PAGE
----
It was exciting yet scary, because it wasn’t official yet. I wasn’t flooded with emotions, but countless questions popped up in my head; I instantly wanted to bring up my to-do lists with next steps. In the midst of those question marks, I couldn’t wait to tell Claude – that moment had to be perfect. I sat down to write him a postcard in our baby’s name. It said something like, ‘We don’t know each other yet, but in a few months, I’ll be kicked out of my house and need a place to stay. I can’t do much and don’t have a sense of responsibility, but I’ve heard you’re someone who takes care of others remarkably well. Would you like me to come and live with you?’ Claude thought the card was about a dog – that’s how far we were from our dream to have a child. But the moment he realised was absolutely beautiful, one of pure happiness.
I approached pregnancy the same way I deal with everything else: I was eager to master the content and learn as much as possible. My fridge was covered with infographics showing babies’ faces: this is when they cry from pain, this is when they cry from hunger. Another one displayed the size of a baby’s stomach, indicating the evolution of how much they should eat and sleep, week by week. I took a very pragmatic, almost scientific approach to motherhood. That reassured me; I didn’t understand the emotional part very well because it felt so abstract to me, but at least I could prepare well in terms of content. At the start, instead of slowing down, I picked up the pace; I got more responsibilities at work and often spent five hours in the car. That’s when heavy cramps and pains kicked in. I’m so grateful for my doctor, who put me on a week of sick leave and referred me to a perinatal psychologist. She helped me to outsource tasks to Claude and become aware of what was happening to my body. It’s funny, because right after I left her office, I felt the baby kick for the very first time. He’d probably done it before, but I’d never really been ‘there’.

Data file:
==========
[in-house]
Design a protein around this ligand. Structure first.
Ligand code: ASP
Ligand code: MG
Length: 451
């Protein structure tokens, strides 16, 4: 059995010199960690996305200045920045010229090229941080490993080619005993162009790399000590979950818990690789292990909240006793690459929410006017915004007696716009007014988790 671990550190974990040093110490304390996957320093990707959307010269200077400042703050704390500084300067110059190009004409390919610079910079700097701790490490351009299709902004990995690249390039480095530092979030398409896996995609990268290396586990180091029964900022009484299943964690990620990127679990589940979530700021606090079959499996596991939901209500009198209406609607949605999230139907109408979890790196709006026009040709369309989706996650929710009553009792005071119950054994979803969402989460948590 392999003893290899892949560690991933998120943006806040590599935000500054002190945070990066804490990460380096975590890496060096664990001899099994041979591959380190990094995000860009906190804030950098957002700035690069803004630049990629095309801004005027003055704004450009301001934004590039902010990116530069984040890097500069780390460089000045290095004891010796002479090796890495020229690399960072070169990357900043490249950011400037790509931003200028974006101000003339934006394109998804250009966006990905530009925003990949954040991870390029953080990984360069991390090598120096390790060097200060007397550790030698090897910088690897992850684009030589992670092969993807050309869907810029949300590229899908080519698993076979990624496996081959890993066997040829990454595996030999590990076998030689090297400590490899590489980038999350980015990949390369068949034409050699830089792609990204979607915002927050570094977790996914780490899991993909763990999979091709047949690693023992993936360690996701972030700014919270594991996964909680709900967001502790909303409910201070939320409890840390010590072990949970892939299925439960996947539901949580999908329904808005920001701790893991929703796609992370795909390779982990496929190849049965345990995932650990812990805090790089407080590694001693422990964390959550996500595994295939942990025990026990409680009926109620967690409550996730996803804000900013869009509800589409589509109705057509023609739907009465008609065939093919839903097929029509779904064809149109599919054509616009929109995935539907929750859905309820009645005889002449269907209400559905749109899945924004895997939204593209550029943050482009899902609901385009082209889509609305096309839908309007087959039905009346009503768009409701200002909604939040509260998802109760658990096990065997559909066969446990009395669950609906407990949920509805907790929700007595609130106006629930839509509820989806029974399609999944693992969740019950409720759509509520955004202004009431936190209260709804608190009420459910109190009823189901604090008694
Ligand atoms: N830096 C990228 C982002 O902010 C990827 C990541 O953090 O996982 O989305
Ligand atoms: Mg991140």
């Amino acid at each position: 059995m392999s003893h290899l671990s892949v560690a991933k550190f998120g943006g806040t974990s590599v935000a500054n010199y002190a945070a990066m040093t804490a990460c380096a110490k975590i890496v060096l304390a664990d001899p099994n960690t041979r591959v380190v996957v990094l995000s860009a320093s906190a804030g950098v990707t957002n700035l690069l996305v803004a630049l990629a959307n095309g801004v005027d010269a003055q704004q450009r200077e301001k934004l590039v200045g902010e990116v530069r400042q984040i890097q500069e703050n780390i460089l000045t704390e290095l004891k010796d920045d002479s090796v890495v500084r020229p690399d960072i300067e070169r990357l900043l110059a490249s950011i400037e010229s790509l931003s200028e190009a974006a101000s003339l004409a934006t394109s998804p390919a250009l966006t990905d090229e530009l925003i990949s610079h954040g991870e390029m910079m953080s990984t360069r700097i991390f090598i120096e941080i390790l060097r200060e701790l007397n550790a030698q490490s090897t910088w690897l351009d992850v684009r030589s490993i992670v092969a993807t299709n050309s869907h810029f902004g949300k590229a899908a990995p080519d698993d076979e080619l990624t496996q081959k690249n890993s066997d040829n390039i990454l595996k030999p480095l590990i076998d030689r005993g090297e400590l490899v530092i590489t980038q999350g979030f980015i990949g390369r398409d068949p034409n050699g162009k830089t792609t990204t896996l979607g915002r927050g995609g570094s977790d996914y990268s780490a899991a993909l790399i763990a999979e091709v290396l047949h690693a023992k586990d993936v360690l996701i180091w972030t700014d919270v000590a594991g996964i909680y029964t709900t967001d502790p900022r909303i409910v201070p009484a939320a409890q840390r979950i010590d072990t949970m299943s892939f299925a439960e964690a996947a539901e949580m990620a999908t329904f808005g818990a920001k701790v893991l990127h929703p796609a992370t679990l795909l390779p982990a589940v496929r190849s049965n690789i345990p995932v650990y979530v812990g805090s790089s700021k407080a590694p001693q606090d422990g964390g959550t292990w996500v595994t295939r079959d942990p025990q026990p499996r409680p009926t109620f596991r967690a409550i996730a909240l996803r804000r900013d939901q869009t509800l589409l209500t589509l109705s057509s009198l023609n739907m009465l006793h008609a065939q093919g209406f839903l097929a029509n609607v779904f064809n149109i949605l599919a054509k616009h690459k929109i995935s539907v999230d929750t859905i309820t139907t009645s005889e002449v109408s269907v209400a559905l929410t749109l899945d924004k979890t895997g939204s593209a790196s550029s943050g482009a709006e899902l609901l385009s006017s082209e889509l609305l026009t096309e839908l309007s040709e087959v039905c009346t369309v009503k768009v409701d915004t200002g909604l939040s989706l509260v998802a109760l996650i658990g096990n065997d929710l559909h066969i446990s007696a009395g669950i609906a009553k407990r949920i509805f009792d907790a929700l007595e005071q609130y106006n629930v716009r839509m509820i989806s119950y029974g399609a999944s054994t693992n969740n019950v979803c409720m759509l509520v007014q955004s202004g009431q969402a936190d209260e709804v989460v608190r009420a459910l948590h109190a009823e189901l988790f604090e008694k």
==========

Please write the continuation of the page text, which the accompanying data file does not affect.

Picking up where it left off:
The pandemic turned out to be good for me, in the sense that I got to spend my days quietly behind my computer. I’d say that’s what made it a smooth pregnancy. Émile eventually came much too late. I had contractions for a few hours, but once they induced labor, he was there in 15 minutes and 5 pushes – a perfectly healthy baby. I didn’t feel an immediate connection with my son though. I felt responsible, knew I had to make sure he didn’t die, but sometimes it felt like we were two strangers in a car. There was a lack of depth, which was hard for me, because I felt like I had to sacrifice everything for a person I didn’t know yet.
I didn’t share my feelings out of fear of judgment. I had carefully studied parenthood beforehand, but you can never learn everything. I wanted to quickly get out of that beginner stage and move into a maturity phase, but it takes time. We were in the hospital when the pediatrician came to check on Émile and pointed out I’d put on his diaper the wrong way. Or the first time I went out with him, I realised I’d forgotten my mask and my phone. Now I know you take the baby last, but back then I had no logic or priorities. I ended up leaving Émile alone on a busy street, one week old, to go back inside and gather my stuff. Many little things that made me think, ‘Émile has lost the mummy lottery, I’m such a shitty one.’